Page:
This year marks the seventh unspooling of Tampa’s own Gasparilla International Film Festival (GIFF), which for 2013 bumps up to five days of screenings, parties, panels and celebrity sightings. A real gem for Tampa’s cultural arts scene, GIFF is a must-do event for film buffs, locals who work in the film industry, and people who just know a great party when they see one. Putting on a festival like GIFF takes an enormous amount of work, and it’s the people involved who bring it all together.
People like Monica Varner. With the festival since its inception (in previous years she’s served as volunteer coordinator, board member, and director of operations and events), Varner took over as executive director for last year’s fest. The job requires her to be involved in all aspects of the running of the festival. Or, as she says, “Managing everything. All logistics. Basically producing the entire festival. It’s a lot of moving parts.”
Varner does this as part of a very small core group, including festival President and Programming Director Joe Restaino, Events & Marketing Manager Kyle Gilliland, and a few others. “Luckily we all get along very well; we haven’t killed each other yet,” she says. That’s somewhat surprising, since Varner estimates that four people do the work of 12 in planning and running GIFF.
“We work better under pressure. We have no choice,” she says with a laugh. “Things change. Schedules change. Running a festival is like trying to hit a moving target.”
This year’s “moving target” includes the world premiere of crime drama Empire State, which stars Liam Hemsworth and Dwayne “The Rock” Johnson. (Varner says the number one question she gets from people is “Will The Rock be there?” Unfortunately no, as he’s off promoting the latest G.I. Joe adventure.) There are also the Bay area premieres of Iceman, with James Franco as a mob hit man, and the “feminist thriller” Black Rock, directed by The League’s Katie Aselton, and starring Aselton, Lake Bell and Kate Bosworth.
Other festival highlights include a special screening of the Tampa-shot action flick The Punisher, with the film’s star, Thomas Jane, on hand to pick up the Career Achievement Award. Workshops and post-film Q&A sessions with filmmakers and industry pros will appeal to the aspiring and current filmmakers in the audience. “It’s an experience,” Varner says. “That’s why the Q&A happen. … The audience can interact with a filmmaker and ask, ‘Why did you that?’” A very cool slate of events is lined up for Fri., March 22 at the Ybor’s Italian Club, including a screening of the Italian import Resistanza and a late-night (10 p.m-2 a.m.) concert by Lisa Casalino; and the Rockabilly-themed “closing night” party (in the restaurant space that formerly housed Stump’s Supper Club) takes place this year on Saturday night as opposed to Sunday.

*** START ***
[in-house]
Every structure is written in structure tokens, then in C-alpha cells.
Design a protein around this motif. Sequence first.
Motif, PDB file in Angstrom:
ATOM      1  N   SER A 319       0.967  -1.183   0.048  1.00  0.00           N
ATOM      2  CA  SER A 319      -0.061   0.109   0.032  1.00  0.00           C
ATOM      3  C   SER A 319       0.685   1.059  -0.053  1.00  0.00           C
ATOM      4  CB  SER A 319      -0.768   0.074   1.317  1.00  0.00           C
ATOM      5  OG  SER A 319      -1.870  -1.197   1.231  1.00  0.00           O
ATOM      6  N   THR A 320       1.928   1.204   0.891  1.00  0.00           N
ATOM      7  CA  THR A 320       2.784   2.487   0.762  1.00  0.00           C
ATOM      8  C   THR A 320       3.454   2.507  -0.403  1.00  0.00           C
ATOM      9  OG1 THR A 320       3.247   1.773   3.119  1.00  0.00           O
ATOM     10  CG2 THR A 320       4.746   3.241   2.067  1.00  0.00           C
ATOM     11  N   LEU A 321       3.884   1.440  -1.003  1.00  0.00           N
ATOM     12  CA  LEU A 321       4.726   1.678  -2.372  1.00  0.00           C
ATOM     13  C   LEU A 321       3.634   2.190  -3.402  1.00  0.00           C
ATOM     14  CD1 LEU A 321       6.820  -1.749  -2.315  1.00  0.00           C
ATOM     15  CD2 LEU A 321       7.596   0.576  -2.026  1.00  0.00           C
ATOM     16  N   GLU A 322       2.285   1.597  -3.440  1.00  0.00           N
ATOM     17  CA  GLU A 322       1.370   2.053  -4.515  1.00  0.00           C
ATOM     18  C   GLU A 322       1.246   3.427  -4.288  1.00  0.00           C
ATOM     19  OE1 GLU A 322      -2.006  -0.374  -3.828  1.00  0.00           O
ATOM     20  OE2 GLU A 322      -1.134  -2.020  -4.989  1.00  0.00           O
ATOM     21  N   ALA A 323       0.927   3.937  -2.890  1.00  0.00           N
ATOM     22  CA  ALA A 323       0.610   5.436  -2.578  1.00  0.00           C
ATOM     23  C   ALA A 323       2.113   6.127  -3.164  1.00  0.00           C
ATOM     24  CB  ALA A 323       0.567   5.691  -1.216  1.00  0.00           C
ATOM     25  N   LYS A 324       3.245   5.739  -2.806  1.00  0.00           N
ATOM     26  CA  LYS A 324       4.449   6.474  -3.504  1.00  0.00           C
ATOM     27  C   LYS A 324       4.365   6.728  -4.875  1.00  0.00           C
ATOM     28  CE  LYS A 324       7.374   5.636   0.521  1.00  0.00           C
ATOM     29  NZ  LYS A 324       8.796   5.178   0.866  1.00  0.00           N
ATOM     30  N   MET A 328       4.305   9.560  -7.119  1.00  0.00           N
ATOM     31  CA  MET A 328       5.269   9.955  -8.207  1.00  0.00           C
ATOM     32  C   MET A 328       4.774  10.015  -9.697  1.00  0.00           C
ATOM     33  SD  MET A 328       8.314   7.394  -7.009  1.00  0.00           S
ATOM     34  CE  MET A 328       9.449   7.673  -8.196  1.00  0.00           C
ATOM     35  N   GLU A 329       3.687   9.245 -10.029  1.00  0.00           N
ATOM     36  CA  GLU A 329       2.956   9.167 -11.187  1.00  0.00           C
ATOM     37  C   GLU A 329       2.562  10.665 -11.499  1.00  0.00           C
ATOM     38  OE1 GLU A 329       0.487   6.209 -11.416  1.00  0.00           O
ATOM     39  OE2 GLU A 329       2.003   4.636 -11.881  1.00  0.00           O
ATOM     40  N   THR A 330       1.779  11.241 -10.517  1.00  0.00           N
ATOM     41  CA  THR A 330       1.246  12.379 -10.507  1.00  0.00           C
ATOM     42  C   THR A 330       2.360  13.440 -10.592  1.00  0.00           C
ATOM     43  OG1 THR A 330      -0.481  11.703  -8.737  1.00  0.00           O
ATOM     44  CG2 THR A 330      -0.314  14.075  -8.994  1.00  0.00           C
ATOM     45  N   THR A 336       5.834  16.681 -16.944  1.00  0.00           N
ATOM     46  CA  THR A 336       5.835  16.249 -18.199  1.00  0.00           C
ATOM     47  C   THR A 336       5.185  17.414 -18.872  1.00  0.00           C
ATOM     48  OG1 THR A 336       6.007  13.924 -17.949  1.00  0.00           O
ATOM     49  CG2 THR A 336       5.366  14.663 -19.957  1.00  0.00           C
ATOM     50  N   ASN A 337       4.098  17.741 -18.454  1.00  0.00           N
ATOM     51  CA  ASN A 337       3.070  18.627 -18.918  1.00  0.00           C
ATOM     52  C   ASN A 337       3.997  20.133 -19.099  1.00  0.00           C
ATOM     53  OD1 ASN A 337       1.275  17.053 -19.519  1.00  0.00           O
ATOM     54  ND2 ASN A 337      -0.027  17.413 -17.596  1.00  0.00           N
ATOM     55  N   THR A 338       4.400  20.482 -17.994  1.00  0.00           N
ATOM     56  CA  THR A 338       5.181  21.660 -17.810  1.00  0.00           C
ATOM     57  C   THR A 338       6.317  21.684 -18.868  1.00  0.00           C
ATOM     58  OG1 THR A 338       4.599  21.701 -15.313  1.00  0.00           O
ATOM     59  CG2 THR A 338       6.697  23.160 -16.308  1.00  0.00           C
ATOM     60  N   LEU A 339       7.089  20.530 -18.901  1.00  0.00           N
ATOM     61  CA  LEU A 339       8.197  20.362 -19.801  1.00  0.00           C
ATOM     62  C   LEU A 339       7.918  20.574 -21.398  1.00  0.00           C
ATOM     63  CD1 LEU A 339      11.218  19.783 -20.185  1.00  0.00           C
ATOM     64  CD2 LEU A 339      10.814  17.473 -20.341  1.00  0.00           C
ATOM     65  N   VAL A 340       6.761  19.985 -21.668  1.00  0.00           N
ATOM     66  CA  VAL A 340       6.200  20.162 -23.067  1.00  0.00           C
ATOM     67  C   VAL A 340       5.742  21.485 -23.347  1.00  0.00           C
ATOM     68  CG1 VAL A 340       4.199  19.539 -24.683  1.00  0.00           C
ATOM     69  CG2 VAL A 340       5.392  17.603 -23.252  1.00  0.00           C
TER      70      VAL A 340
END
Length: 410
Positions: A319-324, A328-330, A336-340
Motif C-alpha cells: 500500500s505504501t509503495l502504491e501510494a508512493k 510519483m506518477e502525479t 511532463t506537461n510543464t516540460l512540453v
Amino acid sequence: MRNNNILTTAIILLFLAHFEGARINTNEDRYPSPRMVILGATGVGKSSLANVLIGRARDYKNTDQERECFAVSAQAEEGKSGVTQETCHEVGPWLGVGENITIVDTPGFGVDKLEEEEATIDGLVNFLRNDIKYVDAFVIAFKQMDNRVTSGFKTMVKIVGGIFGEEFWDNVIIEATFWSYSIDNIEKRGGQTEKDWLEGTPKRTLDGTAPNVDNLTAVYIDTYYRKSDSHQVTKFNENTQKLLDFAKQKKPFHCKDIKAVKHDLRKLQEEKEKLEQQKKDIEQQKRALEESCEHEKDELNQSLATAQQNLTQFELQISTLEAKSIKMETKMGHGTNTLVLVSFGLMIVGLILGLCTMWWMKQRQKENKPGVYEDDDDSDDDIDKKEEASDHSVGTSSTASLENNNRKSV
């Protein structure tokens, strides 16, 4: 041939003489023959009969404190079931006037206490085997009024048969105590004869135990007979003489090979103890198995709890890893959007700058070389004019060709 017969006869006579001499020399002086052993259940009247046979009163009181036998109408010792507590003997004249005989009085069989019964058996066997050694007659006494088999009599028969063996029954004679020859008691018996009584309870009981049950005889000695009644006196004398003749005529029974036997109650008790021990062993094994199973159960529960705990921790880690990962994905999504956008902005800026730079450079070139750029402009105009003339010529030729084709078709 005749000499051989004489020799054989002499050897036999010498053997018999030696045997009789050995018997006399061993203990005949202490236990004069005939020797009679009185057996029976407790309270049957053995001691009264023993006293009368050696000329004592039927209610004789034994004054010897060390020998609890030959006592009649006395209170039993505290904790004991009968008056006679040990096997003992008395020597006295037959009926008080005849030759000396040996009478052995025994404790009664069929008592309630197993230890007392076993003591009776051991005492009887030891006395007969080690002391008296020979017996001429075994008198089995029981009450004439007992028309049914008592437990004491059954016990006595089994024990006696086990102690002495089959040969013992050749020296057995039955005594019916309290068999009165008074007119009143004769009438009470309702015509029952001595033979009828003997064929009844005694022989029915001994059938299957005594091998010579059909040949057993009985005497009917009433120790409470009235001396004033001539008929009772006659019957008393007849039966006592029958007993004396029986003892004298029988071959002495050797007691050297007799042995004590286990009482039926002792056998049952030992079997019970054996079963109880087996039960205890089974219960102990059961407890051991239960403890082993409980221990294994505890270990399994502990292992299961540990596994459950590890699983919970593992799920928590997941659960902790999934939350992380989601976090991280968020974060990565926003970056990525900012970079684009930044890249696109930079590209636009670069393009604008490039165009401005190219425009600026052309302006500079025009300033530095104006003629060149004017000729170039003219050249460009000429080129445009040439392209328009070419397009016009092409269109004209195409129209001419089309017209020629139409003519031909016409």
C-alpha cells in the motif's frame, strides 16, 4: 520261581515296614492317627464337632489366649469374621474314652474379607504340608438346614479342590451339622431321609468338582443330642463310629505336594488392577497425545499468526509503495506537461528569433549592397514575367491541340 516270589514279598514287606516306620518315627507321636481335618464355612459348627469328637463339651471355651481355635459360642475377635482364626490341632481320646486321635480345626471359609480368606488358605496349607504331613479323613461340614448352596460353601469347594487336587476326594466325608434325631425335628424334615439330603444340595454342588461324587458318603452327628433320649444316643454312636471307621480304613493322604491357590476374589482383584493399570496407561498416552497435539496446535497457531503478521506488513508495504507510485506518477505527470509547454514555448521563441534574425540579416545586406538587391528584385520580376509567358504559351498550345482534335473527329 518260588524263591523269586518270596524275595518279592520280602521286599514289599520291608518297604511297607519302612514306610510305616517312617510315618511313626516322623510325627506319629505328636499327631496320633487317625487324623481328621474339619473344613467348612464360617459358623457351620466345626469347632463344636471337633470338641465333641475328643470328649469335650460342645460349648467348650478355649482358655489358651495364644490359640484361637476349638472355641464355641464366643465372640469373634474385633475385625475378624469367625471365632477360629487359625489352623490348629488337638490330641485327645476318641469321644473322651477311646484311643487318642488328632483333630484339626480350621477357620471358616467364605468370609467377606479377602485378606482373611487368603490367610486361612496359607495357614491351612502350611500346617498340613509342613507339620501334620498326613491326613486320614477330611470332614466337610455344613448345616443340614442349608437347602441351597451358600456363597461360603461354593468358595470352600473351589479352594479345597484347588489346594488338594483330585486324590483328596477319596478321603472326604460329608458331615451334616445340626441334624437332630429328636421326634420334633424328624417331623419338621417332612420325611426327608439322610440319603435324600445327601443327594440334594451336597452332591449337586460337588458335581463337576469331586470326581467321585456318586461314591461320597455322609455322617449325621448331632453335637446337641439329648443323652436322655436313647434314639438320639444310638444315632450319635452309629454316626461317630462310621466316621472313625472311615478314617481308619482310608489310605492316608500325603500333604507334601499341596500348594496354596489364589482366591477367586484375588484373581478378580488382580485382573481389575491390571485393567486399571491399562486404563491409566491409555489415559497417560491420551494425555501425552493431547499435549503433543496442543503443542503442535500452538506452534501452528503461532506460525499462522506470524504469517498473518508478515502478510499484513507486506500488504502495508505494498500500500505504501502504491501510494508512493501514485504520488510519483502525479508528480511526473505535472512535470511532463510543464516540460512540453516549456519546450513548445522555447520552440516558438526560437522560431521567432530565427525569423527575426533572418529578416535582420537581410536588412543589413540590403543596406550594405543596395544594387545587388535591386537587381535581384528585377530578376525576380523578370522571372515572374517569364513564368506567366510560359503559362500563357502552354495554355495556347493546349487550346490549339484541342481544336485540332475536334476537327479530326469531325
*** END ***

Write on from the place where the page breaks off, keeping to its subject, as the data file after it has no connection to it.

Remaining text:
“The Saturday party is my favorite thing,” Varner says. “It’s pretty much after all the films have happened, and it’s a good place to go and talk about the fest, relive the movies, and see the actors and directors. For me it’s a release. We try to show the people from out of town that Tampa is a cool place, too.”
As this is the festival’s seventh year, Varner and company are hoping for a particularly lucky outing. I asked her to what degree luck played a role in planning this year’s event. “100 percent, this year’s a complete gamble,” she says laughing. “I think luck plays into every festival. Timing is key. And that goes for finding films, booking the talent, etc.”
Despite the stress of putting on the event, and the fact that none of the principal organizers profit from their work, Varner remains dedicated to GIFF. “Many people don’t get to experience these things and it’s fun to bring films people wouldn’t otherwise see to Tampa,” she says. “It’s cool to be part of that.”
Keep an eye on the CL Movies Page, which in coming days will feature a look at the festival’s slate of documentaries, a report from the opening night gala, photos and more.